It’s been said by some biblical scholars that the three most important rules for a proper and thorough understanding of the text of Scripture are Context, Context, & Context. By that we mean:
· The immediate context in a section or chapter of Scripture
· The larger context of a particular book in the Bible
· The broad context of the entire Bible and God’s plan for his children
I freely admit that some passages of Scripture can be valuable in and of themselves as precious promises, words of comfort, or even admonition or warning. They can also be used to ‘prove’ one’s personal opinion or preferred interpretation. Examining context can therefore be not only profitable, but at times harmful.
With that said, let’s examine Revelation 3:20.
Is there is anyone among those who profess to be believers in Christ who doesn’t know that passage? For decades it’s been a favorite passage to use when leading someone to Christ. The explanation goes something like this:
Jesus is standing forlornly at the door of your heart, wanting to come in and dine with you, but you must open the door! There is but one door latch and it’s on the inside, where you live, and Jesus can’t enter no matter how desperately He wants to!
I even heard a local pastor one Sunday, whose sermon was about Nehemiah and the rebuilding of the Jerusalem wall and city gates, tell the congregation of several hundred that there was one gate that God could not open, the door to the human heart. I also cannot dispute that there have been many genuine decisions for Christ after hearing about the ‘one-way door’.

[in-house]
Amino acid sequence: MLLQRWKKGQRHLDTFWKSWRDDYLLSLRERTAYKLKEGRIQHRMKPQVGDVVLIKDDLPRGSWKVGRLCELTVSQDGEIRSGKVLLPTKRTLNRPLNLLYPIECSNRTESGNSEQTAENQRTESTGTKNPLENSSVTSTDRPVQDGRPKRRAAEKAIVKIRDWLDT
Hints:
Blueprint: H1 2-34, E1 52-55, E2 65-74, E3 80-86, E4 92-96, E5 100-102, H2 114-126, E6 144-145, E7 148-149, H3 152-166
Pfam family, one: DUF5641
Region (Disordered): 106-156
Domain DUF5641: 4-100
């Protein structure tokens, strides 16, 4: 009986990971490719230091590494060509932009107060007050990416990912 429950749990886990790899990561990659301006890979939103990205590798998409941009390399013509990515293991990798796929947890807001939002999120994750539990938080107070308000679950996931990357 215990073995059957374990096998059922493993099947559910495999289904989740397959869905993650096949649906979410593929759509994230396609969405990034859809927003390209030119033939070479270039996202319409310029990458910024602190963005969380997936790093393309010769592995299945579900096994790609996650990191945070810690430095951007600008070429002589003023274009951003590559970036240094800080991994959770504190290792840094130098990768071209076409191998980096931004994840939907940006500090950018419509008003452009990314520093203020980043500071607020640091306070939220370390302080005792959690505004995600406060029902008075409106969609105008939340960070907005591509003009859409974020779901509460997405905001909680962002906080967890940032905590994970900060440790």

We are not concerned so much with what we think it means or what we might want it to say, but only what it is actually telling us in the three contexts mentioned above (chapter, book, the entire Bible). We can ask a few simple questions to accomplish our goal.
1. What is the passage about?
Revelation, Chapter 3 is a continuation of Chapters 1 & 2, in which the Apostle John, in a vision on the Lord’s day, was commanded to record what he saw and write letters to seven churches about what he saw. Our passage is from one of those letters to one of those churches:
14“And to the angel of the church in Laodicea write: ‘The words of the Amen, the faithful and true witness, the beginning of God’s creation. 15“‘I know your works: you are neither cold nor hot. Would that you were either cold or hot! 16So, because you are lukewarm, and neither hot nor cold, I will spit you out of my mouth. 17For you say, I am rich, I have prospered, and I need nothing, not realizing that you are wretched, pitiable, poor, blind, and naked. 18I counsel you to buy from me gold refined by fire, so that you may be rich, and white garments so that you may clothe yourself and the shame of your nakedness may not be seen, and salve to anoint your eyes, so that you may see. 19Those whom I love, I reprove and discipline, so be zealous and repent. 20Behold, I stand at the door and knock. If anyone hears my voice and opens the door, I will come in to him and eat with him, and he with me.’” (ESV)